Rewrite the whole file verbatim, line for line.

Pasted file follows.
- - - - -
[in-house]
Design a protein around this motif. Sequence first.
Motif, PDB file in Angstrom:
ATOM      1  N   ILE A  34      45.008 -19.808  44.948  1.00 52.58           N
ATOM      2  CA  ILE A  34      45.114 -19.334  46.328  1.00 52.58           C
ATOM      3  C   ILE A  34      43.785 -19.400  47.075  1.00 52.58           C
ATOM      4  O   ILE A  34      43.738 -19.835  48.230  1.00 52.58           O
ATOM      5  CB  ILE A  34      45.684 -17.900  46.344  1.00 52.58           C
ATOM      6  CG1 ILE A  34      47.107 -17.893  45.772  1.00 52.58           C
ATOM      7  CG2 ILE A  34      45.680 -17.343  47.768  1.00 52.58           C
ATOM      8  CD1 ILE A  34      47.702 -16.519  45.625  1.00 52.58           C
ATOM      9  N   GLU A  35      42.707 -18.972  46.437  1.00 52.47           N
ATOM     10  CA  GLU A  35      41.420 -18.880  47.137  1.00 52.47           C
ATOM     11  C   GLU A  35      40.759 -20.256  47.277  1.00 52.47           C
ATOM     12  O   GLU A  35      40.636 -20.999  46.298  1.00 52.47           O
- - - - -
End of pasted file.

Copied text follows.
[in-house]
Design a protein around this motif. Sequence first.
Motif, PDB file in Angstrom:
ATOM      1  N   ILE A  34      45.008 -19.808  44.948  1.00 52.58           N
ATOM      2  CA  ILE A  34      45.114 -19.334  46.328  1.00 52.58           C
ATOM      3  C   ILE A  34      43.785 -19.400  47.075  1.00 52.58           C
ATOM      4  O   ILE A  34      43.738 -19.835  48.230  1.00 52.58           O
ATOM      5  CB  ILE A  34      45.684 -17.900  46.344  1.00 52.58           C
ATOM      6  CG1 ILE A  34      47.107 -17.893  45.772  1.00 52.58           C
ATOM      7  CG2 ILE A  34      45.680 -17.343  47.768  1.00 52.58           C
ATOM      8  CD1 ILE A  34      47.702 -16.519  45.625  1.00 52.58           C
ATOM      9  N   GLU A  35      42.707 -18.972  46.437  1.00 52.47           N
ATOM     10  CA  GLU A  35      41.420 -18.880  47.137  1.00 52.47           C
ATOM     11  C   GLU A  35      40.759 -20.256  47.277  1.00 52.47           C
ATOM     12  O   GLU A  35      40.636 -20.999  46.298  1.00 52.47           O